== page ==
“African solutions to African problems” is a mantra that’s been championed as startups across the continent’s growing ecosystems continue to innovate.
Many African startups have already won investor backing and a local customer base, now some of the best of them are starting to get global recognition as well. In Time magazine’s first ever list of 50 Genius Companies, five African startups are named alongside global brands like Netflix, Nike, Airbnb and Spotify. Put another way, African startups accounted for 10% of the list.
In compiling its first Genius Companies list, Time’s editors and correspondents globally nominated businesses “inventing the future.” The nominated companies were eventually filtered based on originality, influence, success and ambition, Time says.
There’s increasingly an acknowledgment that innovation by entrepreneurs and creatives will have a huge influence over the future of how African countries’ develop and that African companies such as the ones on the Time list or Quartz’s annual Africa Innovators list will learn lessons and insight that will be transferable to countries beyond Africa.
Ghana’s Bitland which uses blockchain technology to help locals create records of land purchases and ownership in partnership with local authorities is one of those listed. The verified, accessible record system cannot be illegally altered once transactions are verified. Bitland’s appeal has stretched beyond Ghana and it now operates in seven African countries.
Kenya’s BRCK Inc, developers of a mobile, battery-powered WiFi modem to boost internet access and connectivity in developing countries, also gets a nod. BRCK’s product line has grown over the past five years to include portable educational kits with cached content, a larger modem that can provide 3G internet to up to 100 devices and a free public wifi system. Ona, a Kenyan software-focused social enterprise, is also featured on Time’s list. Among other data-based projects, Ona has created an open source mobile health platform that allows health workers register and monitor patient cases and offer real-time interventions.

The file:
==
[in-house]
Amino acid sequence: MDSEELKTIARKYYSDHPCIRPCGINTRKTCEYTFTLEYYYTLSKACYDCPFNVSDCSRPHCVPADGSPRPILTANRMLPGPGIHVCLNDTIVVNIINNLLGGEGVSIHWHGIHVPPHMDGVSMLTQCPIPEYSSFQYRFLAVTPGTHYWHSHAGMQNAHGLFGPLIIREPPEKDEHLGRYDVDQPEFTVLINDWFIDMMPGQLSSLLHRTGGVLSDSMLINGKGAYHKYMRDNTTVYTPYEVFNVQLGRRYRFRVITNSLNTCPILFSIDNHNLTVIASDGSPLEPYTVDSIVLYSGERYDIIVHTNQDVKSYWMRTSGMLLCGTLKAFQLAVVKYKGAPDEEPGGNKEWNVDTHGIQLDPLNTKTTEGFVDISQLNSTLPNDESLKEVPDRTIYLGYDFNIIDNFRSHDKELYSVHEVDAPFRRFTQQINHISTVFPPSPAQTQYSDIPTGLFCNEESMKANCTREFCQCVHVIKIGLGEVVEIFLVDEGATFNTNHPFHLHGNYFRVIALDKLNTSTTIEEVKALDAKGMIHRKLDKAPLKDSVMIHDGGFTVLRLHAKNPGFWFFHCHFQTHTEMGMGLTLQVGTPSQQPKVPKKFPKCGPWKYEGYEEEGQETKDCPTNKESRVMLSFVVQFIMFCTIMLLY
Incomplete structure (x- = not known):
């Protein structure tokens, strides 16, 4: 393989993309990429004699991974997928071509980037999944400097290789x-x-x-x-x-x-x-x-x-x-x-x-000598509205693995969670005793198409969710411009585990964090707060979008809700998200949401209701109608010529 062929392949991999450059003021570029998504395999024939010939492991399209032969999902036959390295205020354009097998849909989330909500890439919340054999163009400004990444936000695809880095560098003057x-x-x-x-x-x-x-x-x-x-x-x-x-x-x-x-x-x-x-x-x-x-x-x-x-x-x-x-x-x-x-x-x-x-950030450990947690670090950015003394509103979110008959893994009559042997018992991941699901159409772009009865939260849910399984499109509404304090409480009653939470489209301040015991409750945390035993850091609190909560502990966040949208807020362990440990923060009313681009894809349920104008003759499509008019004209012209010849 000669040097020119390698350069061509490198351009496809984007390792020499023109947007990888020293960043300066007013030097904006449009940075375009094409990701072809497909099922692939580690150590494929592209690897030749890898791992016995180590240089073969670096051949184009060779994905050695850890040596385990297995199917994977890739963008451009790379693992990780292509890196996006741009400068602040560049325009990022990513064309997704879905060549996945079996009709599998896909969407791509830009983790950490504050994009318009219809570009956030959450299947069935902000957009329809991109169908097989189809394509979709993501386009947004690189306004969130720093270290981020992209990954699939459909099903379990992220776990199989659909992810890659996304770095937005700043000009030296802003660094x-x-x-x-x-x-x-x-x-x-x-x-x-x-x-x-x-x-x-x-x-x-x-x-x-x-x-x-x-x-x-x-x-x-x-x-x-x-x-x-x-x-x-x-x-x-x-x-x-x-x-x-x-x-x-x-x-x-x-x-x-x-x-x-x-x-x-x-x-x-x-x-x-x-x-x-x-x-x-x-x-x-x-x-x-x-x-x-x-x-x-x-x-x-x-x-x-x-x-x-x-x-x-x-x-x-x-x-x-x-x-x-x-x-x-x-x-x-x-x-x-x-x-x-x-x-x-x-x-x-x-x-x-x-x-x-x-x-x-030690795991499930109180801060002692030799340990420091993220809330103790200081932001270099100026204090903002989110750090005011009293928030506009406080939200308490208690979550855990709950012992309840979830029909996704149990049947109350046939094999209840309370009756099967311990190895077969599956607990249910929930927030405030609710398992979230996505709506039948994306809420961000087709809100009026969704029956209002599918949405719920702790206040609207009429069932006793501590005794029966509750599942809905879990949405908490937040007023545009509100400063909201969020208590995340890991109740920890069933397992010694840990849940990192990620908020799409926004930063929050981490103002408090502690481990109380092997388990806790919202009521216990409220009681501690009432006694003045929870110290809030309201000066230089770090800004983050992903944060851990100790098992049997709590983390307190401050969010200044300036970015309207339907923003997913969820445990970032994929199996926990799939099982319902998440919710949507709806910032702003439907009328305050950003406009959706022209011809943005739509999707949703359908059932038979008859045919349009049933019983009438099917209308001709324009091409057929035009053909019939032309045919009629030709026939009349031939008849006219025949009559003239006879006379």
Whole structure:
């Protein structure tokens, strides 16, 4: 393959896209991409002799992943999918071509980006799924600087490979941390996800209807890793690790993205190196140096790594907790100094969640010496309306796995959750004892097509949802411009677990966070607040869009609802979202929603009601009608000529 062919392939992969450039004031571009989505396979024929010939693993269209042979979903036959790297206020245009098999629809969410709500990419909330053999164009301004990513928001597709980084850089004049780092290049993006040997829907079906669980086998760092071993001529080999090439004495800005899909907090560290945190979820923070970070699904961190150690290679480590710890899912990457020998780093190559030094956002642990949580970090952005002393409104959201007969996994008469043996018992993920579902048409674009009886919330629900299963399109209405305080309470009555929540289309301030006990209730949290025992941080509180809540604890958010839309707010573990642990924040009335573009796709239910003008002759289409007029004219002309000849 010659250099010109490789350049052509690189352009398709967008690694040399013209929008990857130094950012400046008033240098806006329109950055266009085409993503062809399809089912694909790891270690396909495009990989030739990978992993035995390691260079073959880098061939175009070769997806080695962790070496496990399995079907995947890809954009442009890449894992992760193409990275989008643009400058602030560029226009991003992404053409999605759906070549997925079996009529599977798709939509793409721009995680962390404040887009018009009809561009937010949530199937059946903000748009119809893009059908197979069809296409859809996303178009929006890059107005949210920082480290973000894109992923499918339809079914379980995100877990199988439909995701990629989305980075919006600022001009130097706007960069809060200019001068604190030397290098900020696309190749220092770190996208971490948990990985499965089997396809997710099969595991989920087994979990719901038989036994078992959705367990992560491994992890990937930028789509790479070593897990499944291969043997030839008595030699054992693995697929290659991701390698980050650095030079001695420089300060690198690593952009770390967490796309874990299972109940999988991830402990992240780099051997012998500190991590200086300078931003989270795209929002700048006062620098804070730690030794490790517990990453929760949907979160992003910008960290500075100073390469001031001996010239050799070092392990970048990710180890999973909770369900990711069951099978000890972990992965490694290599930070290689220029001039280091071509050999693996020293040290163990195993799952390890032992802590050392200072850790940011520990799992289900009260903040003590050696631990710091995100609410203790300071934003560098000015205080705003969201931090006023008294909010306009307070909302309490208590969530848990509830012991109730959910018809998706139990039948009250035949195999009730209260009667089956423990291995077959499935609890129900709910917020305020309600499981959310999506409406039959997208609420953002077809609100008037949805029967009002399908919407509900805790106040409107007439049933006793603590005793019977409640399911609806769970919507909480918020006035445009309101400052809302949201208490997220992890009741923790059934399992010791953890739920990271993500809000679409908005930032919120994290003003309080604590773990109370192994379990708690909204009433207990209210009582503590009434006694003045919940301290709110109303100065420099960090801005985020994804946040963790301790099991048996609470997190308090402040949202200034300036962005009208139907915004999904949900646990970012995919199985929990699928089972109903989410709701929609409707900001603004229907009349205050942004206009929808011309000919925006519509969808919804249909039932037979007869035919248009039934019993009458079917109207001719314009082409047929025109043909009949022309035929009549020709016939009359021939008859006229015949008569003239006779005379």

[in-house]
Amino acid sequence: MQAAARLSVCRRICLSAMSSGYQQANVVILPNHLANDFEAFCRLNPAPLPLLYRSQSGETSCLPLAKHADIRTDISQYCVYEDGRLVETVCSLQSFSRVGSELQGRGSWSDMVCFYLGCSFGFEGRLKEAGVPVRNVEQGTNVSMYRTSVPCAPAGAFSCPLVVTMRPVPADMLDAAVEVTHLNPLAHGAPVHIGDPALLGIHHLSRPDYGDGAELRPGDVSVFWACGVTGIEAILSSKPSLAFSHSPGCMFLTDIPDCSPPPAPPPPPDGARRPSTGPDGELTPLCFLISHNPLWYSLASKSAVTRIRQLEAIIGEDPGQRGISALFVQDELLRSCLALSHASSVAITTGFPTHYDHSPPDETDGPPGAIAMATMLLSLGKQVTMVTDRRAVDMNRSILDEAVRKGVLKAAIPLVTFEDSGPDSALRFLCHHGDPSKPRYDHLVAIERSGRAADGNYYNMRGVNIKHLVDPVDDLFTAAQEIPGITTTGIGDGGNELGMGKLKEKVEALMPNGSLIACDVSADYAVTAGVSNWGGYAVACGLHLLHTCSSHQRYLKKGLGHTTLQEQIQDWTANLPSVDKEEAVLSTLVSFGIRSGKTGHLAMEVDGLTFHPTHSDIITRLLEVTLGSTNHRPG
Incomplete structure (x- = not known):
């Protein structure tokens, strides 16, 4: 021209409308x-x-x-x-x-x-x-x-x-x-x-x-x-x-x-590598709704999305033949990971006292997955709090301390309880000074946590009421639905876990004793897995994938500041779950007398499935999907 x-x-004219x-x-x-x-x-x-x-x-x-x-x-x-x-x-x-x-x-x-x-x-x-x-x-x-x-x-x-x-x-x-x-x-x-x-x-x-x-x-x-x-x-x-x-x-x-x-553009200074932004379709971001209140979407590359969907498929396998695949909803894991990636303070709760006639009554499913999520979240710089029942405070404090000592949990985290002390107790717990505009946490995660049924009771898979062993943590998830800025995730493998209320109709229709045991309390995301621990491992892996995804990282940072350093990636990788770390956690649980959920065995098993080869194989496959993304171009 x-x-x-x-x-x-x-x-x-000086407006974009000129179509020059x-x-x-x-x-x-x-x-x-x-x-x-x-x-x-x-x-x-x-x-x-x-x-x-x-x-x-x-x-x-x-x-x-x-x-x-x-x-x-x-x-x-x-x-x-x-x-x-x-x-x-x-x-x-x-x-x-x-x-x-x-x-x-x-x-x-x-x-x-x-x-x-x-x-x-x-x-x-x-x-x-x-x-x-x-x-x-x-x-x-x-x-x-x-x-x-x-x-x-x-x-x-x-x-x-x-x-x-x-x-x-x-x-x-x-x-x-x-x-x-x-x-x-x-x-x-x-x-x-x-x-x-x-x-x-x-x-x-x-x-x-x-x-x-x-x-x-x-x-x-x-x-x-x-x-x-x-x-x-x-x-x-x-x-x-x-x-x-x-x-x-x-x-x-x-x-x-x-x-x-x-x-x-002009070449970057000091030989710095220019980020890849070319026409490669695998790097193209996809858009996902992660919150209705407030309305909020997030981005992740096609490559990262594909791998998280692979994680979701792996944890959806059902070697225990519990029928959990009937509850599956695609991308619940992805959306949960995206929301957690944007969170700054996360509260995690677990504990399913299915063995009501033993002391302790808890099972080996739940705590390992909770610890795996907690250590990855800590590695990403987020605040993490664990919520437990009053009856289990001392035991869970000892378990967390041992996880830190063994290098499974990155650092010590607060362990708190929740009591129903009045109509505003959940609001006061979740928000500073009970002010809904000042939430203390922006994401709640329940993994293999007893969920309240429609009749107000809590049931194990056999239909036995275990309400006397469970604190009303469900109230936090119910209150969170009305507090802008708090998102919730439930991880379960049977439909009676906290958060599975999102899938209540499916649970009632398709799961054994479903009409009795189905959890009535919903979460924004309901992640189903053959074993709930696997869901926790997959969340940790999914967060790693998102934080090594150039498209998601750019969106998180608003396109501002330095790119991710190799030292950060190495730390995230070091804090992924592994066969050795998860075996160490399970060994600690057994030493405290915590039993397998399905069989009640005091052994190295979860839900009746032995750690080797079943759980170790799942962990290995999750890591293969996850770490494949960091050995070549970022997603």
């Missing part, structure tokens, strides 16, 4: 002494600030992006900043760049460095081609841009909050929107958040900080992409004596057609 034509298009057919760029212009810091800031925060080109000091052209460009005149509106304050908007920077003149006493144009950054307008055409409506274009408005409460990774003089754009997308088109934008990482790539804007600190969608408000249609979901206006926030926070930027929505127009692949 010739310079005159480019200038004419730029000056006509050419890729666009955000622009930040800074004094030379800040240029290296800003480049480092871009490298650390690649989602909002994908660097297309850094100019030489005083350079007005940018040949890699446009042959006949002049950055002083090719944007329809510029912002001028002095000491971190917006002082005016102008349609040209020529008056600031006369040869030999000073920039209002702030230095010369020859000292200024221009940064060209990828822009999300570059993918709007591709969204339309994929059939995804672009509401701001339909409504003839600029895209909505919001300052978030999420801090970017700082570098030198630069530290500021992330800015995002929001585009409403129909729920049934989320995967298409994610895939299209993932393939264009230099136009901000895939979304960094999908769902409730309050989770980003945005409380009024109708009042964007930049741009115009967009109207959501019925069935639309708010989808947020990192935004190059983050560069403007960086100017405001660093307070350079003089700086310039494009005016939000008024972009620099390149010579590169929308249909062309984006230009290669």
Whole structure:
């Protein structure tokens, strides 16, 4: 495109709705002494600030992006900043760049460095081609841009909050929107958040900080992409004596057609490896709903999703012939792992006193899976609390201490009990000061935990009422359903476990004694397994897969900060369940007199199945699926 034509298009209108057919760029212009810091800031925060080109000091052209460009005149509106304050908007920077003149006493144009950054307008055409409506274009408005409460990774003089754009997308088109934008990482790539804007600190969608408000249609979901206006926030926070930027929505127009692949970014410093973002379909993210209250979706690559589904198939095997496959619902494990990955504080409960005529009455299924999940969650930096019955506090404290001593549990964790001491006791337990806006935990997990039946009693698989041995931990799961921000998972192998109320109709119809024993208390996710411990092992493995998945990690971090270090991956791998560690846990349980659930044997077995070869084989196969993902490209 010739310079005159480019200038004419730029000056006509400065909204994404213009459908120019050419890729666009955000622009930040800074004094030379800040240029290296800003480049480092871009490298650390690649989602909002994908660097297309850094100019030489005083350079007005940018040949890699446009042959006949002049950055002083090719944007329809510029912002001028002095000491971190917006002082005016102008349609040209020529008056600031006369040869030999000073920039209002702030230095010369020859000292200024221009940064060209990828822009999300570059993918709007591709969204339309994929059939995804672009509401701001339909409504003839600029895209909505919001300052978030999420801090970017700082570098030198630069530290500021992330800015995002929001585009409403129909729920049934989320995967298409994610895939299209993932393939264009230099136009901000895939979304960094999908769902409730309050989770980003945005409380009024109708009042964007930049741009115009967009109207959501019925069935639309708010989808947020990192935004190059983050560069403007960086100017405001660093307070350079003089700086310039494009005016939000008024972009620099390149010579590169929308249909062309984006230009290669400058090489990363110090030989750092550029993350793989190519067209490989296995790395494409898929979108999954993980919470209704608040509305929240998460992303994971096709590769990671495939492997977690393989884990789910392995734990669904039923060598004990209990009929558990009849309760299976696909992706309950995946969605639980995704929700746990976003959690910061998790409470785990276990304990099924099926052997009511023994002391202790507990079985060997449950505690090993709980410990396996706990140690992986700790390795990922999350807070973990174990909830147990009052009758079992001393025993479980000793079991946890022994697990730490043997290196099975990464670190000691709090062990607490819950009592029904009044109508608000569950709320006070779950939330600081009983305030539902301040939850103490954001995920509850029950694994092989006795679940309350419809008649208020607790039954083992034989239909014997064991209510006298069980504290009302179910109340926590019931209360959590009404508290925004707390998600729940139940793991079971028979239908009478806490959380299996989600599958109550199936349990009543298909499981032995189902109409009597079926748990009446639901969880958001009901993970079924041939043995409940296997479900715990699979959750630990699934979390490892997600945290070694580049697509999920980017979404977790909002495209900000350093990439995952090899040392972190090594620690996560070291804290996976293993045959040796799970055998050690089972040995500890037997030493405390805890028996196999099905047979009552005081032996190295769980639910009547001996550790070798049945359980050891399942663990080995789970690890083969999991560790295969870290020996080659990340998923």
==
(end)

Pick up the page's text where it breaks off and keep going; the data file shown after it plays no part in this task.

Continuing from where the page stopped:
Nigeria’s Babymigo, a startup that provides an online community of expecting mothers with pregnancy-related information and connects them with local medical services and personnel, is also listed. Given Nigeria’s high maternal mortality rates, Babymigo’s service which goes beyond global generic health tips and offers locally contextualized information is plugging a gap.
Also mentioned is South Africa’s AgriProtein, a company that’s solving the problem of sustainable animal feed for poultry and fish farmers by harvesting insect protein through landmark fly farms. AgriProtein’s flagship fly farm which churns out 27 tons of insect protein daily is a model the company will replicate with three new farms planned in Africa, Asia and the Middle East.
Sign up to the Quartz Africa Weekly Brief here for news and analysis on African business, tech and innovation in your inbox